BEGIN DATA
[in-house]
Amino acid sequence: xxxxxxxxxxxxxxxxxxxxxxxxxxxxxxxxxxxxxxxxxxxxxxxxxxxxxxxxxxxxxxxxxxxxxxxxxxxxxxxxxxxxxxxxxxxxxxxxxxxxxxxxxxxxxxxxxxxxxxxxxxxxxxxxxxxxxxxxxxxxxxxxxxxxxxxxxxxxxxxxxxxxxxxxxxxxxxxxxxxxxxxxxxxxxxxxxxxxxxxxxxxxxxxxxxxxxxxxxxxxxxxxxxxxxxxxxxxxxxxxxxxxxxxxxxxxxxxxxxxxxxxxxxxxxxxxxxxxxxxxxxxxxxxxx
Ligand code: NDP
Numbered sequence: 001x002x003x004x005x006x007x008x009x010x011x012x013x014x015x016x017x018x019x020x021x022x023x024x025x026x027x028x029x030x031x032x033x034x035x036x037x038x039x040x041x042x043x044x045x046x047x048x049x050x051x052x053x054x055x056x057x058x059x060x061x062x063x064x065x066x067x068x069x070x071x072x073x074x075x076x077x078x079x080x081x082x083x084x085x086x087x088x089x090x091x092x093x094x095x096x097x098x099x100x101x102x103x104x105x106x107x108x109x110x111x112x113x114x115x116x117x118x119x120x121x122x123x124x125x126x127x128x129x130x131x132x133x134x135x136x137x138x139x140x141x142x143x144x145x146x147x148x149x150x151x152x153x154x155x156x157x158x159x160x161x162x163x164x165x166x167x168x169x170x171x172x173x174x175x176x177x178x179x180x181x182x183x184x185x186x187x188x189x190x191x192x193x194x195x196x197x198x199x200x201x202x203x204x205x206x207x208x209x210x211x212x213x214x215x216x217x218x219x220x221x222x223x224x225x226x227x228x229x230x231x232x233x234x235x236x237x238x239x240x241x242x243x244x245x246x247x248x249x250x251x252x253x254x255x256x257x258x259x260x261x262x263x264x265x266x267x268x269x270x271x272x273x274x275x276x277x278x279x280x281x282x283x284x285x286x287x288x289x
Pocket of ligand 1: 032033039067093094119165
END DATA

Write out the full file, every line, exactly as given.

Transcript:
[in-house]
Amino acid sequence: xxxxxxxxxxxxxxxxxxxxxxxxxxxxxxxxxxxxxxxxxxxxxxxxxxxxxxxxxxxxxxxxxxxxxxxxxxxxxxxxxxxxxxxxxxxxxxxxxxxxxxxxxxxxxxxxxxxxxxxxxxxxxxxxxxxxxxxxxxxxxxxxxxxxxxxxxxxxxxxxxxxxxxxxxxxxxxxxxxxxxxxxxxxxxxxxxxxxxxxxxxxxxxxxxxxxxxxxxxxxxxxxxxxxxxxxxxxxxxxxxxxxxxxxxxxxxxxxxxxxxxxxxxxxxxxxxxxxxxxxxxxxxxxxx
Ligand code: NDP
Numbered sequence: 001x002x003x004x005x006x007x008x009x010x011x012x013x014x015x016x017x018x019x020x021x022x023x024x025x026x027x028x029x030x031x032x033x034x035x036x037x038x039x040x041x042x043x044x045x046x047x048x049x050x051x052x053x054x055x056x057x058x059x060x061x062x063x064x065x066x067x068x069x070x071x072x073x074x075x076x077x078x079x080x081x082x083x084x085x086x087x088x089x090x091x092x093x094x095x096x097x098x099x100x101x102x103x104x105x106x107x108x109x110x111x112x113x114x115x116x117x118x119x120x121x122x123x124x125x126x127x128x129x130x131x132x133x134x135x136x137x138x139x140x141x142x143x144x145x146x147x148x149x150x151x152x153x154x155x156x157x158x159x160x161x162x163x164x165x166x167x168x169x170x171x172x173x174x175x176x177x178x179x180x181x182x183x184x185x186x187x188x189x190x191x192x193x194x195x196x197x198x199x200x201x202x203x204x205x206x207x208x209x210x211x212x213x214x215x216x217x218x219x220x221x222x223x224x225x226x227x228x229x230x231x232x233x234x235x236x237x238x239x240x241x242x243x244x245x246x247x248x249x250x251x252x253x254x255x256x257x258x259x260x261x262x263x264x265x266x267x268x269x270x271x272x273x274x275x276x277x278x279x280x281x282x283x284x285x286x287x288x289x
Pocket of ligand 1: 032033039067093094119165